Total Admitted Assets
In business, assets refer to a business entity’s economic resources that is either tangible or has physical substance, or intangible with no physical substance. According to the Accounting Framework, paragraph 49, “An asset is a resource controlled by the entity as a result of past events and from which future economic benefits are expected to flow to the entity.”
Anything capable to be controlled or owned towards the production of value and is also in custody to generate helpful economic value is classified as an asset. In simpler terms, assets symbolize possession of value which produces cash. Cash itself is considered as an asset.
Examples of tangible assets are real estate, buildings, currencies, equipment, vehicles, precious metals, and equipment; while trademarks, franchises, patents, goodwill, trade names, and copyrights are classified as intangible assets. According to US Generally Accepted Accounting Principles (GAAP), intangible assets must be amortized as expense for more than five to forty years, except for goodwill.
Assets in business are classified as either current or non-current. Current assets stand for assets which are expected to be transformed into cash in a period of one year, or the business’ operating cycle, the longer period more applicable. Cash is the major example of current assets. Others are cash equivalents, short-term investments, inventory, receivables, and prepaid expenses.
Non-current assets represent those assets which are expected to be transformed into cash in a period of more than one year. Long-term investments and accounts receivable, and fixed assets such as building and machinery, are examples of non-current assets.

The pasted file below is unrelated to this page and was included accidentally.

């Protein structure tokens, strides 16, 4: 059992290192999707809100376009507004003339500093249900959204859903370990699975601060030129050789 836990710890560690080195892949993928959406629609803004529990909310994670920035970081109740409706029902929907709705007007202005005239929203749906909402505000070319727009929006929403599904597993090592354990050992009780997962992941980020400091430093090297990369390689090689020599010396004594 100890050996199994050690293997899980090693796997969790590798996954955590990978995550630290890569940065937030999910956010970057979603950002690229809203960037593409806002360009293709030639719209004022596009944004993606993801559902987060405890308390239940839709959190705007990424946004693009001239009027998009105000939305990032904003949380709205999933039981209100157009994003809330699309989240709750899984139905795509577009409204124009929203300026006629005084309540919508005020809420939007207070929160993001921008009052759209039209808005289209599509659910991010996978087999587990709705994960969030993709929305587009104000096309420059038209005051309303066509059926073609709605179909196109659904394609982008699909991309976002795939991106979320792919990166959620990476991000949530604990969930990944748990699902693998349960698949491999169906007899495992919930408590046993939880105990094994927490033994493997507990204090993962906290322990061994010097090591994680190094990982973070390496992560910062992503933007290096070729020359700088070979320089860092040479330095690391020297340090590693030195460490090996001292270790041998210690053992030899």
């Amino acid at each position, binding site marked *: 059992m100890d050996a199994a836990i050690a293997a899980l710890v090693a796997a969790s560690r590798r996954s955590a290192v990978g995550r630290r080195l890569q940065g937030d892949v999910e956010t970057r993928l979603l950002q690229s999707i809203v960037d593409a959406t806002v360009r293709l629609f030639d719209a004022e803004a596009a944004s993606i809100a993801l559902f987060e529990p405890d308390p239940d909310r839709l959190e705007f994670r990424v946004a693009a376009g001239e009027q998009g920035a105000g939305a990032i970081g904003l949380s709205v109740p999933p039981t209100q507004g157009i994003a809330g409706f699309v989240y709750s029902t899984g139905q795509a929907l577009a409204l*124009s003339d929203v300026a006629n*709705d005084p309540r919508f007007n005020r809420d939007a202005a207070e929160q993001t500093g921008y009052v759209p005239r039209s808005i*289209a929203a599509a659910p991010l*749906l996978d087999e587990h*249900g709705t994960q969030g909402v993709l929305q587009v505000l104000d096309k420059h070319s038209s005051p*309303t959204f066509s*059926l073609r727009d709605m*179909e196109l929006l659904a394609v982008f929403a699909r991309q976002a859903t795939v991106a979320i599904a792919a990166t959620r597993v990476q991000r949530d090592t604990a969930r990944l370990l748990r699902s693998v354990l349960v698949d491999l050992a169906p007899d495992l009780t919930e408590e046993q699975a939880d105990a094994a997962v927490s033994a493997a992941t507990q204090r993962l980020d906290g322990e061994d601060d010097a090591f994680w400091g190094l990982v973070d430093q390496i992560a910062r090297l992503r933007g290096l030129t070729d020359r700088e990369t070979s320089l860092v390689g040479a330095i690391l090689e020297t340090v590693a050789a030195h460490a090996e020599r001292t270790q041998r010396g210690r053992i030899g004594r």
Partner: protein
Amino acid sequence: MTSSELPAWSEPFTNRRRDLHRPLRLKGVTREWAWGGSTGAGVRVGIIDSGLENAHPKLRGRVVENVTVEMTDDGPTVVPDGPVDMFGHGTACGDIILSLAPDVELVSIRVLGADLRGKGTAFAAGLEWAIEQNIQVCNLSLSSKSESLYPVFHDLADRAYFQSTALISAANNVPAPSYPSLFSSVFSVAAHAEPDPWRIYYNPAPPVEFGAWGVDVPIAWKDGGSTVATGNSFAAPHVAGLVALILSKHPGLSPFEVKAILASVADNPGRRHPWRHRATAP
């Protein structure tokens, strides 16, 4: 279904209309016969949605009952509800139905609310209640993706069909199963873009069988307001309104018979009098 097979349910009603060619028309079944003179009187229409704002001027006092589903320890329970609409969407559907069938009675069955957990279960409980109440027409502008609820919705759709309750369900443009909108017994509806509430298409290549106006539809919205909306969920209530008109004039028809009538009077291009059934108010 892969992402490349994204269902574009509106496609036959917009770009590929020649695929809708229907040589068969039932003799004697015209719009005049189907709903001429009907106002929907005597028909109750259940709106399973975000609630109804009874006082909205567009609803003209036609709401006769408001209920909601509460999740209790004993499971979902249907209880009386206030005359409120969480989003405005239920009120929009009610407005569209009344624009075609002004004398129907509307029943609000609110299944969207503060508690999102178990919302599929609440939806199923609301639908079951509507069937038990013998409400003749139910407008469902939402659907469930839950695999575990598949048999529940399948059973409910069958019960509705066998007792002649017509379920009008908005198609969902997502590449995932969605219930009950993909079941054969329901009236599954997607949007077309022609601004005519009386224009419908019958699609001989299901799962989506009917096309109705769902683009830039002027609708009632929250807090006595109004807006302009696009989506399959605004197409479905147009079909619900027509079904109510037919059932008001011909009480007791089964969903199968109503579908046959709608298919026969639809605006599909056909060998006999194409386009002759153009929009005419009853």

Conversely, assets in an insurance company are comprised of all available company properties to be exhausted in paying its debts. Total admitted assets, all other assets, and invested assets are the three categories of an insurance company’s assets.
All other assets represent possessions that generate no income for the business, like office furniture, office building, and liabilities such as unpaid or deferred premiums; while invested assets stand for income-producing properties, which include stocks, bonds, income-generating real estate, and cash. However, not all states take in unpaid or deferred premiums in the category for “All other assets” as they consider it “non-admissible.”
Admitted assets, in contrast, represent those assets that are presented in an insurance carrier’s annual financial statements in accordance with the laws and regulations of the state where it resides, as well as to the corresponding insurance regulations. Although admitted assets differ for every state, it is necessary that all assets considered as admitted must be liquid and are capable of being valued.
Admitted assets are essential in the determination of the solvency of an insurance company in case abnormal amount of claims are processed. Accounts receivable that are most likely to be collected, stocks, mortgages, real estate, and bonds, are the assets typically classified as admitted.
Total admitted assets, on the other hand, is the sum total of all assets classified as admitted. This amount must be stated net of real estate encumbrances and recoverable amounts from reinsurers. Estate encumbrances must be deducted from the amount of real estate, whereas recoverable amounts from reinsurers should be subtracted from unpaid losses liabilities and premiums unearned.